Steve Jobs 1955 – 2011

There is really no words to describe how saddened I was to hear of Steve Job’s death. While his death was not unexpected, I am feeling a loss as if I have just lost my best friend.

Few people get to live their dreams as well as he did. He touched my life and I will miss him.

9 thoughts on “Steve Jobs 1955 – 2011

  1. It always seems so surreal to me that when people as great and world changing as Steve Jobs, who are younger than me, are gone.

    From his 2005 Stanford commencment speech:

    “Remembering that I’ll be dead soon is the most important tool I’ve ever encountered to help me make the big choices in life,” Jobs said that day.

    “No one wants to die,” he added. ”Even people who want to go to heaven don’t want to die to get there. And yet, death is the destination we all share. ”

    “Your time is limited,” Jobs added. ”So don’t waste it living someone else’s life. … Don’t let the noise of others’ opinions drown out your own inner voice.”

  2. I reread the same words today. I have read them several times since his resignation and they are words that everyone should take to heart no matter how old.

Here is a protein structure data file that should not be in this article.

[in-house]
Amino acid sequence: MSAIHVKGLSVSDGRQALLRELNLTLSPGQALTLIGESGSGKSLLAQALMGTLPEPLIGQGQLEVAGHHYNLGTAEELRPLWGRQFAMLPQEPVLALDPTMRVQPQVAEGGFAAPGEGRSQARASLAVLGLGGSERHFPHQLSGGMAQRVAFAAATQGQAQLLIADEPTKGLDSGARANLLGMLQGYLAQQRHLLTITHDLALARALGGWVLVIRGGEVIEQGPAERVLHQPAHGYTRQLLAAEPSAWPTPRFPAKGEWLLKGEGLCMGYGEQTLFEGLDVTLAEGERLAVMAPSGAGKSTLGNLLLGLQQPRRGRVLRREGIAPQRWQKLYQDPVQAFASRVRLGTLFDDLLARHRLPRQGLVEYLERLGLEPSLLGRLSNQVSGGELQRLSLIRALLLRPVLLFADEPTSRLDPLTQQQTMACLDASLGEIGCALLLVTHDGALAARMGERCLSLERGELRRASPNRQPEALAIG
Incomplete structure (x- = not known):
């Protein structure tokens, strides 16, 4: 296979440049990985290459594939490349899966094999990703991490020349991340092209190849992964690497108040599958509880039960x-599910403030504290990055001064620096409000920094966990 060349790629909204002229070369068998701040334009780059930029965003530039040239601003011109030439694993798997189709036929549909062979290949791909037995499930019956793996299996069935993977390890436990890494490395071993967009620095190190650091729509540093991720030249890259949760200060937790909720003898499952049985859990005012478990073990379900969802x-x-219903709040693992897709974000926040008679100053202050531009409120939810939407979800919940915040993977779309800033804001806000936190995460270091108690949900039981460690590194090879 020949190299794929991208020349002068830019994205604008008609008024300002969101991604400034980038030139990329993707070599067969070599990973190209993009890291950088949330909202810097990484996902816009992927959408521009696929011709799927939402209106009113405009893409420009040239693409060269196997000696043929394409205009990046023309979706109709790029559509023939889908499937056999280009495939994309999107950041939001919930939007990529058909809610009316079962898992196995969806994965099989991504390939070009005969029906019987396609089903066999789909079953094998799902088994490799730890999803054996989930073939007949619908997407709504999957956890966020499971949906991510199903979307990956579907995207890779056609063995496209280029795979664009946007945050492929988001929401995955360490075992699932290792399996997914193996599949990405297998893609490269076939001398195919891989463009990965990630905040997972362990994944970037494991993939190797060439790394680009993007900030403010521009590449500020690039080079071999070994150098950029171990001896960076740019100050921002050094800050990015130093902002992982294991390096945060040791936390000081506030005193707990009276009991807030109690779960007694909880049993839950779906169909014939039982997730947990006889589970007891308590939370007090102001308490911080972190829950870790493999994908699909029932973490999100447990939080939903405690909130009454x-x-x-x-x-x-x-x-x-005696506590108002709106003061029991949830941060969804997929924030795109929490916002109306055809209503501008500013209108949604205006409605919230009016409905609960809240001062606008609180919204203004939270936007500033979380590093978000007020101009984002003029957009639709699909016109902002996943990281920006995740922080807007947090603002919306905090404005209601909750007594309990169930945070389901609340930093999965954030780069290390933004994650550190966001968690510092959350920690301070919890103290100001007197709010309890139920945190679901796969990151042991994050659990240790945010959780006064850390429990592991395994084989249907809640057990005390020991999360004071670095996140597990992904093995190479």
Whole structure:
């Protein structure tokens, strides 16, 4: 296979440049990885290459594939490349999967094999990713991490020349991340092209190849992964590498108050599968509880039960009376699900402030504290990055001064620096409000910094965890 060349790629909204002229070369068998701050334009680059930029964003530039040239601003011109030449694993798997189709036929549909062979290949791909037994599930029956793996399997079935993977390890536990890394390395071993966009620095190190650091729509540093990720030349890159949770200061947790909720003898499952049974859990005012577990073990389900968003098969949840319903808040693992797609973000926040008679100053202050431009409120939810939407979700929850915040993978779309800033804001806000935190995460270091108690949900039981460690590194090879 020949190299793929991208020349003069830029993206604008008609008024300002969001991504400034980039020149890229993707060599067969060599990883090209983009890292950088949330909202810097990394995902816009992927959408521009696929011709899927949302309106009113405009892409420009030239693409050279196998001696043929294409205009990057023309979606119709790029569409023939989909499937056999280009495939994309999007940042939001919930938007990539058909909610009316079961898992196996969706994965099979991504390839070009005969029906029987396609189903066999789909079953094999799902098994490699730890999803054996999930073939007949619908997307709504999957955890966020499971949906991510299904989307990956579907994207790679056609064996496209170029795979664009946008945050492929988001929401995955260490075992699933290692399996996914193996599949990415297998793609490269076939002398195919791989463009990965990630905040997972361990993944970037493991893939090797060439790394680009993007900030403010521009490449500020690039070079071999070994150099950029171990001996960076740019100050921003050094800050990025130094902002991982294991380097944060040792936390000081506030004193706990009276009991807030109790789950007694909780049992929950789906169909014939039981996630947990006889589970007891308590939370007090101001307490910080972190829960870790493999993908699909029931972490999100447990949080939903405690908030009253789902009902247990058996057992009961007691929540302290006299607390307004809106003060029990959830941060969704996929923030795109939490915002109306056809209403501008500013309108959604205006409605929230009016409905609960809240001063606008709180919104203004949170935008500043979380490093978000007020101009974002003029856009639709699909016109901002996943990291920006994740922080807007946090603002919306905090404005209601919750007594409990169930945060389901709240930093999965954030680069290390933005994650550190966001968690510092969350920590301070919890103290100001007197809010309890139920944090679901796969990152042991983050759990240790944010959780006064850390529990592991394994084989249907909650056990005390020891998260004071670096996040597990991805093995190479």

3. Dear Don,
    Steve Jobs presence on this earth will be felt for centuries to come, they were just showing his commencement speech at Stanford in 2005 on the Rachel Maddow Show, he was ahead of his time and wise beyond his years. He will be missed.

    Take care,

  4. Hi Wm. Yes that is the same video I posted when Steve steped down as CEO. I am happy you posted it again. It has many pearls of wisdom delivered as only he could deliver it. It is a speech that one should send to all of his/her grandchildren. A very good speech.

  5. I love the Jobs story about convincing John Sculley, then CEO of Pepsi, to take over the position of running Apple when the board lost sight of Jobs’ vision for Apple. Jobs asked him if he preferred to “sell sugar water for the rest of your life or come with me and change the world?”

    Nothing shows the talent Jobs had for focusing directly on the problem and reducing it to its elements. Sculley turned out to be a disaster for Apple proving once again that genius is very difficult to replace.
    jim and nena
    fort worth, tx

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